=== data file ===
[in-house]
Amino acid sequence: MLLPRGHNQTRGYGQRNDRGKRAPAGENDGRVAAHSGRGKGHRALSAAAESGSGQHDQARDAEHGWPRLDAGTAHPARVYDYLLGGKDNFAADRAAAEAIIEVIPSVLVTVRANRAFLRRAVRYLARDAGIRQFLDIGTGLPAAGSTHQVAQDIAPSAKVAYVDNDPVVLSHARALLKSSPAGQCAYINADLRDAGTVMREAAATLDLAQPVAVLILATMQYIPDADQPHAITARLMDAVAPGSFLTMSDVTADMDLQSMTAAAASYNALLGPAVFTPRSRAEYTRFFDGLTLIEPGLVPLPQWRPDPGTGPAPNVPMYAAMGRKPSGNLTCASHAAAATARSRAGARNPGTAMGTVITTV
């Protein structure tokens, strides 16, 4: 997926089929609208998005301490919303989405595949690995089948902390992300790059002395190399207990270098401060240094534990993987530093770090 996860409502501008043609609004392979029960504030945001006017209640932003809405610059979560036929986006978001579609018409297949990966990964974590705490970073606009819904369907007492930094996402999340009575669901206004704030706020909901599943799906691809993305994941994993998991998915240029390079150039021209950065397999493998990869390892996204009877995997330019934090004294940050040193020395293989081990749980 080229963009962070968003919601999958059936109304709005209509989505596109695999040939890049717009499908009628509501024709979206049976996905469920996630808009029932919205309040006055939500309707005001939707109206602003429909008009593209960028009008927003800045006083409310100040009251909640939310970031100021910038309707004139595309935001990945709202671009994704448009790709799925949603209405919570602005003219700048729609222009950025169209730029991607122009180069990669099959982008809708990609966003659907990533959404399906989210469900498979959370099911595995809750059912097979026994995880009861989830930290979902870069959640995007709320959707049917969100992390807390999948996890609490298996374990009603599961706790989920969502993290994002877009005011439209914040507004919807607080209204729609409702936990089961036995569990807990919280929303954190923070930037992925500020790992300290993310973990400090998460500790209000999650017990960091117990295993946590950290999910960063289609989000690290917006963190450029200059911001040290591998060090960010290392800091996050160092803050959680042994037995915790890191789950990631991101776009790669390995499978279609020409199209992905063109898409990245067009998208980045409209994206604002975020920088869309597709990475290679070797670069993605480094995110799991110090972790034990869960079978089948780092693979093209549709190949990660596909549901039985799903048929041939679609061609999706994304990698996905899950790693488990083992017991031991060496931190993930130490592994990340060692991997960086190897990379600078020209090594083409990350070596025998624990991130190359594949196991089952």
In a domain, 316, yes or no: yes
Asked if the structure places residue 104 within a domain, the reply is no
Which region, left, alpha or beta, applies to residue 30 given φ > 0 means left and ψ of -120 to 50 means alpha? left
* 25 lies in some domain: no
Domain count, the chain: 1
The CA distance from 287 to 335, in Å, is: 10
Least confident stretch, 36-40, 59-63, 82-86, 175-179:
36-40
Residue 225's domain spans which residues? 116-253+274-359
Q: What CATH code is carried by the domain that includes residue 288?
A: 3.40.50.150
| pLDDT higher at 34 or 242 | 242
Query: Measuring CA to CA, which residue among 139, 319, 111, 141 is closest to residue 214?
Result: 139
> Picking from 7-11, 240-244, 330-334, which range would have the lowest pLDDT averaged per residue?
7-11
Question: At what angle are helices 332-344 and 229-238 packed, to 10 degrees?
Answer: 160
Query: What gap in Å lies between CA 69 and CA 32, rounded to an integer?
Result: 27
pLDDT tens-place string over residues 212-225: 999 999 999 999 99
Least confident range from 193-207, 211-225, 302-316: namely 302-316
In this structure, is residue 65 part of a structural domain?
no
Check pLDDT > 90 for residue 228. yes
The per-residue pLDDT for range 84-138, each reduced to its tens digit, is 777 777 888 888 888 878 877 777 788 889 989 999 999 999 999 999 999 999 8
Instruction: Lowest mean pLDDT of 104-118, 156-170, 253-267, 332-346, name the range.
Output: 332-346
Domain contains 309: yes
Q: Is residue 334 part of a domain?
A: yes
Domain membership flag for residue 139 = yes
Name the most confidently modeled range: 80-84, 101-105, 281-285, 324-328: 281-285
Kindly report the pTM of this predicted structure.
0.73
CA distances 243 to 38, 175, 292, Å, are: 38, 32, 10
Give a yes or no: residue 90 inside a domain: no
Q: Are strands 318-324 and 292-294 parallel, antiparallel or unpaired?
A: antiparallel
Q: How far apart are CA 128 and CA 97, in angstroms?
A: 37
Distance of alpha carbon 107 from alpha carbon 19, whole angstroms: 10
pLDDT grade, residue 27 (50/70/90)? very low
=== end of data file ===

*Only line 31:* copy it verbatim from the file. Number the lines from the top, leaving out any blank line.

Output: 332-346